Major Tom. Ziggy Stardust. Aladdin Sane. Pierrot. Fine White Duke. blind prophet. alien rocker glam messiah Alcoholic astronaut. Neo-expressionist painter. Omnivorous in love. Elephant Man on Broadway. Cyberbug. All of these identities and personalities—and more—collapse beneath the ambiguous signifier we know as David Bowie, who died six years ago after spending his life relentlessly reinventing himself.
A bold cinematographic tribute to her figure, presented out of competition at the last Cannes Film Festival, Moonage daydream reflects on this four and a half years of continuous metamorphosis. Completed in five years with thousands of hours of material, the film is directed by Brett Morgen, a documentary producer who was an expert in his previous feature Kurt Cobain: The Montage of the Heck (2015). new movie.
In other words, Moonage does not offer an imaginary biographical narrative, but merely pieces of atomized information that Bowie did in his life, through bits of speech, much of which were of a spiritual and philosophical nature – “I was a Buddhist on Tuesday and was interested in Nietzsche on Friday”, at one point in the film’s existence. he is heard commenting on the transience of images, an ever-changing collage passing through the ages through the succession and superposition of never-before-seen images, abstract animations and visual allusions to artists.Méliès, Kubrick, Murnau, Eisenstein, Oshima, Kandinsky, Pollock and Bacon, others It’s also clear that there are many musical performance pieces, from the Ziggy Stardust and Spiders From Mars concerts in the early ’70s to their tours with the albums Outling and Earthlings in the mid to late ’90s.
In total, 48 songs share more or less assets; The first voicing Hallo spaceboy and the commemoration of a Free festival concludes the film. Morgen’s choice is inevitably different from what other artist fans would choose—this chronicler misses The Station’s inclusion—but it’s brilliant nonetheless. Moonage daydream advances without interruption throughout its 140-minute run, according to the rhythm of this musical treasure. That may mean it will wear out audiences who aren’t particularly ready to catch up, but die-hard fans will be upset that it won’t take another 140 minutes. There is no doubt that Bowie will love her; As a result, as he explains in the movie, he understood his music as an “idea pudding” and tried to “start the 21st century in 1971”.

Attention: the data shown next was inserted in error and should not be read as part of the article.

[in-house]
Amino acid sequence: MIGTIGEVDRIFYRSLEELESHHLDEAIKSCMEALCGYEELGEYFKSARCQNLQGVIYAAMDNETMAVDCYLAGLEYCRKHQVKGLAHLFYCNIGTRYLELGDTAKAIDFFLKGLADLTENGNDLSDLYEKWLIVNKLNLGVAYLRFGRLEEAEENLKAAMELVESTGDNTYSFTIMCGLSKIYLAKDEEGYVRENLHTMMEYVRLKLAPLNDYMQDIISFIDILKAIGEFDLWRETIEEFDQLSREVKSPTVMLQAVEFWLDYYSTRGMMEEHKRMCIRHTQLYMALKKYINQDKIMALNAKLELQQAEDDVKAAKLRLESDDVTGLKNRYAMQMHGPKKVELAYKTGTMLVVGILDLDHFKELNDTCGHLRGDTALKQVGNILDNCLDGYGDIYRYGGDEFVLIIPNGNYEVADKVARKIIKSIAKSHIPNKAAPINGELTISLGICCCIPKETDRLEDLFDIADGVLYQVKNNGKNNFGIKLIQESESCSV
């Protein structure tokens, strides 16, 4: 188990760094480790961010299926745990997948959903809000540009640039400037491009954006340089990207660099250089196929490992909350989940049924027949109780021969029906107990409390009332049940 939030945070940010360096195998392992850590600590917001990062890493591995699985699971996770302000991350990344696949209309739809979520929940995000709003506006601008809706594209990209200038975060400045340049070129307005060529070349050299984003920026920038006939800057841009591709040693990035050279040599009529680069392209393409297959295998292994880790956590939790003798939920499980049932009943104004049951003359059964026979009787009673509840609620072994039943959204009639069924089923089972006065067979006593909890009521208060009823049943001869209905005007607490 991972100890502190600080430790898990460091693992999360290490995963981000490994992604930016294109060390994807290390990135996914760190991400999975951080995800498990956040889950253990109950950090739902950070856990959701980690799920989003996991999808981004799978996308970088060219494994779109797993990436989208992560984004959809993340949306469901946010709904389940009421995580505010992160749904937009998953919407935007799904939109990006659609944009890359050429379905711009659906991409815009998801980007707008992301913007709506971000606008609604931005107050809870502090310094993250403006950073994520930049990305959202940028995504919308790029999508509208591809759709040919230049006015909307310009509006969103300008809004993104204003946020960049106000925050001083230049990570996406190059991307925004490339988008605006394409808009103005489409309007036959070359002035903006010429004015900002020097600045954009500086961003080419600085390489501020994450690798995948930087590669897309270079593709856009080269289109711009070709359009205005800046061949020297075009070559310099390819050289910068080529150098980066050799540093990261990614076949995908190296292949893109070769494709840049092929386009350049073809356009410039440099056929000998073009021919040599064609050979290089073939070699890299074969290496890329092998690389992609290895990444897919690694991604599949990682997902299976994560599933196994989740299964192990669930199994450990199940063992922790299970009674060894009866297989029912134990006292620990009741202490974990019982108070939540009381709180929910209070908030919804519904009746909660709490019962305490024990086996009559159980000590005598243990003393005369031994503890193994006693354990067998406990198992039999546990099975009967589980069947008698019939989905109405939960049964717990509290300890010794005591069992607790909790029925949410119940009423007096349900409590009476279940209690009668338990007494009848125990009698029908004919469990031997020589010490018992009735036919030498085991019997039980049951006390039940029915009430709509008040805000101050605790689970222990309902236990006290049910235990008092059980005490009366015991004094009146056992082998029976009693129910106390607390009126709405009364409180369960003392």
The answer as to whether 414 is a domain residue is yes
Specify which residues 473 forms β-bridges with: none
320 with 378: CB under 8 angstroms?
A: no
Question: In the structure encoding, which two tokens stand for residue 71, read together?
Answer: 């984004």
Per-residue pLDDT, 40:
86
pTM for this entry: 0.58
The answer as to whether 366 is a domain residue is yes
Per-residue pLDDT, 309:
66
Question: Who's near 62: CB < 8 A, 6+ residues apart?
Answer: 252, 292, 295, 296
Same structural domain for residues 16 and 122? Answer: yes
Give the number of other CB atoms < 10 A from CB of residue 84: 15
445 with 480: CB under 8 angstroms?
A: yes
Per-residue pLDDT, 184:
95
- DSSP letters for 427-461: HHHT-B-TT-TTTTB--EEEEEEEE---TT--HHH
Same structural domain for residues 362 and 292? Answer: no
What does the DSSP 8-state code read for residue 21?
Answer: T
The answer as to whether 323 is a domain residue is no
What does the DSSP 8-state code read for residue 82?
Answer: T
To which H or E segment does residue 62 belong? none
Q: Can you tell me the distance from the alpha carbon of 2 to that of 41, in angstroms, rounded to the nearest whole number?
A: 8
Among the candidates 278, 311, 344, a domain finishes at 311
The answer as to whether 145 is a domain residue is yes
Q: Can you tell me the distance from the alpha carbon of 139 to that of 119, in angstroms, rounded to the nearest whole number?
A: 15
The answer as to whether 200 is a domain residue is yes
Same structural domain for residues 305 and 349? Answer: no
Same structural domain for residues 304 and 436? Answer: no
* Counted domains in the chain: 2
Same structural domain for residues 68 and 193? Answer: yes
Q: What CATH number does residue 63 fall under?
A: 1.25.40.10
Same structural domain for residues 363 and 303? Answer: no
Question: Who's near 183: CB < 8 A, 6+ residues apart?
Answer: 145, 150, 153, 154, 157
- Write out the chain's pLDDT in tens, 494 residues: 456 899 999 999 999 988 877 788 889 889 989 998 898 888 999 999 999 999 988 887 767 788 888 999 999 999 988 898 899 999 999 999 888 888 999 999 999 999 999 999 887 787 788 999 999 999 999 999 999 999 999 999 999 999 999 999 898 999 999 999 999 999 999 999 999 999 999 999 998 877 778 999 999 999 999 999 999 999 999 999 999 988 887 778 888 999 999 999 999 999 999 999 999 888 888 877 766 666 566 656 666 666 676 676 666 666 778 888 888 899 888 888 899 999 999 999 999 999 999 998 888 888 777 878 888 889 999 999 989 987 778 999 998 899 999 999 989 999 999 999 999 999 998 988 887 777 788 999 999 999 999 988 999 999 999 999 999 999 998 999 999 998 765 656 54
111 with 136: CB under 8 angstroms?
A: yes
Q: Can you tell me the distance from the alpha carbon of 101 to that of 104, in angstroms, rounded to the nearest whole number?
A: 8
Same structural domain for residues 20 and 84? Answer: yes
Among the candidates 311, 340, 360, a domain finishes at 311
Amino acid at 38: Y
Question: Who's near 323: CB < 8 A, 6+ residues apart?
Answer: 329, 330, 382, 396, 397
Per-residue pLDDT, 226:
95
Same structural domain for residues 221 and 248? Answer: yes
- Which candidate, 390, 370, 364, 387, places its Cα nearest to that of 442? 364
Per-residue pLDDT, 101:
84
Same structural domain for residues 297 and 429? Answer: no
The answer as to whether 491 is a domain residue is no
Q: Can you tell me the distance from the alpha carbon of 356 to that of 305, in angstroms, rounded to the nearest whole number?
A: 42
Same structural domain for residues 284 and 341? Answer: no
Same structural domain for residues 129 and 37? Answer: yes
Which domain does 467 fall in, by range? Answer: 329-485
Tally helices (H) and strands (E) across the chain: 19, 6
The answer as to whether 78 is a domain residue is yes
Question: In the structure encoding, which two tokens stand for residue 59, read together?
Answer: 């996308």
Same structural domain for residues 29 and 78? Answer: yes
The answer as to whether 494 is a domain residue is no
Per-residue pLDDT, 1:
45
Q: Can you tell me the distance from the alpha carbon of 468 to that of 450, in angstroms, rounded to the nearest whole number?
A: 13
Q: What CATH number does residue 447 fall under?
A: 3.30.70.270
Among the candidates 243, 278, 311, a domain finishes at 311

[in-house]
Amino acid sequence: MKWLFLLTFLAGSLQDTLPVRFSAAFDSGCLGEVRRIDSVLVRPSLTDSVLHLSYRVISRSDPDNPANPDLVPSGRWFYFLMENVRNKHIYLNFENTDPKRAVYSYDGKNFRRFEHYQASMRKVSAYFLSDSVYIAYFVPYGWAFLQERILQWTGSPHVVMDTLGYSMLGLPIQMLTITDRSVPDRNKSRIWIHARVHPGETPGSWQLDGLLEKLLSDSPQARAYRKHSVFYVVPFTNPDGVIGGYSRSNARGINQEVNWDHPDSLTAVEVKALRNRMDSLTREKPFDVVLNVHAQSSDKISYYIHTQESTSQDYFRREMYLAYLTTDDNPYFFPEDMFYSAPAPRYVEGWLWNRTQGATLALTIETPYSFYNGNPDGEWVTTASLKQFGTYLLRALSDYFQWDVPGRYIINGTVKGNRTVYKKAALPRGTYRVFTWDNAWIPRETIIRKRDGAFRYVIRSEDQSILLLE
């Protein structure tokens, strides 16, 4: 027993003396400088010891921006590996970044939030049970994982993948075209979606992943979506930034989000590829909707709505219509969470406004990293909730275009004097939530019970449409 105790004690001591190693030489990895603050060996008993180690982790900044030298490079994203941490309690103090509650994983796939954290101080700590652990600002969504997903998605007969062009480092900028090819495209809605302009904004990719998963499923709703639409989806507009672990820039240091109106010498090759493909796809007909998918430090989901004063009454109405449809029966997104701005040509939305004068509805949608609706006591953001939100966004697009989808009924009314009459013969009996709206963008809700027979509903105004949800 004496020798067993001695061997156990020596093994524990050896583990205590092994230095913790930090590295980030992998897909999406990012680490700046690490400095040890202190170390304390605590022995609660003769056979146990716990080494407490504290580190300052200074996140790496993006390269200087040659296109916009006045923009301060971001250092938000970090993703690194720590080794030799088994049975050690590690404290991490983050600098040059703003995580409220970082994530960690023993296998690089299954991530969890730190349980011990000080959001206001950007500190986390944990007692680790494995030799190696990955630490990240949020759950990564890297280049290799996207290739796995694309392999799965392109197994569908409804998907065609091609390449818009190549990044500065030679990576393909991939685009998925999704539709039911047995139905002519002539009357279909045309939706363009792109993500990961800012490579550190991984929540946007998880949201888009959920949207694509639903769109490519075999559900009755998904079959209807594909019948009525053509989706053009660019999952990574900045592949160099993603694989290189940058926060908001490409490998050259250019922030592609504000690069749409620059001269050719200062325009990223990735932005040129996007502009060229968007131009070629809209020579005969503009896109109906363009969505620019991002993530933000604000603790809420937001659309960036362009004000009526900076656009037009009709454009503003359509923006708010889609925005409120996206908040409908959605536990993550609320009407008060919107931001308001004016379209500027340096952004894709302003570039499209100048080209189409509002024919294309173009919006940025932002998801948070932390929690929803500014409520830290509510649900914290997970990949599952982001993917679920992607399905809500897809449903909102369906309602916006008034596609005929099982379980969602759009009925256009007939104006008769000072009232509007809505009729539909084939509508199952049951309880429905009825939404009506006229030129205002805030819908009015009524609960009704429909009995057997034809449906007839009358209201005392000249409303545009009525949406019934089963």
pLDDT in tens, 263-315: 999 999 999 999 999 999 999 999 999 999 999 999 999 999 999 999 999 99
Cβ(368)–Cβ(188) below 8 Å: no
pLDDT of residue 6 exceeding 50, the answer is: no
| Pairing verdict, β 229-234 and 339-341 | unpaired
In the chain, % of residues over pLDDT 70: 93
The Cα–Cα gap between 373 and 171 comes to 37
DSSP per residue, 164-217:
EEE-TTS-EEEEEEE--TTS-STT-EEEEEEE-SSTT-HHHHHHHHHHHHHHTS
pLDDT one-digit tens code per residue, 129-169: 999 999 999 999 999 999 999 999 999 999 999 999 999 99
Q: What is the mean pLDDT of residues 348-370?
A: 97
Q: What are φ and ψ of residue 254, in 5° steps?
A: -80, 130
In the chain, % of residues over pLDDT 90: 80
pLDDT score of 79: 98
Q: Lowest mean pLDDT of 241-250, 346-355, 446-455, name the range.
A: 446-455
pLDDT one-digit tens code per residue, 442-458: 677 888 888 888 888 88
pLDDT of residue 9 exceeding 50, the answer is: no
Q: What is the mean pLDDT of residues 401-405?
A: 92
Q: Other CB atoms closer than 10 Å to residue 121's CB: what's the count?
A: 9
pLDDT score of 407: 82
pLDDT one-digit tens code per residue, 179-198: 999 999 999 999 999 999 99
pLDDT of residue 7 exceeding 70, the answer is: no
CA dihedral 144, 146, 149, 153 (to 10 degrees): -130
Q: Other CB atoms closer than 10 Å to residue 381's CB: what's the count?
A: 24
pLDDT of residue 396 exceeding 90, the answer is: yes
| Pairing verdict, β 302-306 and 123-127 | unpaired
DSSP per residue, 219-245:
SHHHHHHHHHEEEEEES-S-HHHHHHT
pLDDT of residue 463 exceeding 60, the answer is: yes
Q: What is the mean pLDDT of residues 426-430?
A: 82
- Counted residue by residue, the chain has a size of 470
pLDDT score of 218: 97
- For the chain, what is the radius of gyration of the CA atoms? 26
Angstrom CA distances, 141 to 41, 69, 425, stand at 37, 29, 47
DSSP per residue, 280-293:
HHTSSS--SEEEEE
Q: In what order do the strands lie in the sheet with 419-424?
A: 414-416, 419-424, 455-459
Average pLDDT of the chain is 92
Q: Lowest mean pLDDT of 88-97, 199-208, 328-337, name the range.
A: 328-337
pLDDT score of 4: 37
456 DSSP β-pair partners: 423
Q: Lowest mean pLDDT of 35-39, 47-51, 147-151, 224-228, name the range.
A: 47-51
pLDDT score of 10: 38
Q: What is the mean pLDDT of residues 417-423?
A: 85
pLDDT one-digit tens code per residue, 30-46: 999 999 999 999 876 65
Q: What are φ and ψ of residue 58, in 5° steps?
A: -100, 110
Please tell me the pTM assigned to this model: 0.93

The big idea the movie articulates is that Bowie’s life is a pendulum, causing him to oscillate between his need to connect with people and his need to distance himself; This explains, for example, why his compositional experiments with Brian Eno in Berlin led him to populism with songs like Let’s dance and Modern love, which made him a superstar and showed it after years of trying to impose his own tastes. decided to start giving him what he wanted in public.
Of course, Bowie kept going through the stages and regained his experimental spirit, but Moonage passed them quietly. Likewise, the artist’s interventions in his personal life are also minimal. Thus, it is a consciously incomplete portrait that captures the spirit of its hero, but that David Bowie—Ziggy Stardust, Aladdin Sane, the Blind Prophet, etcetera, etcetera, etcetera—supposes to epitomize that vastness that is called a dozen movies.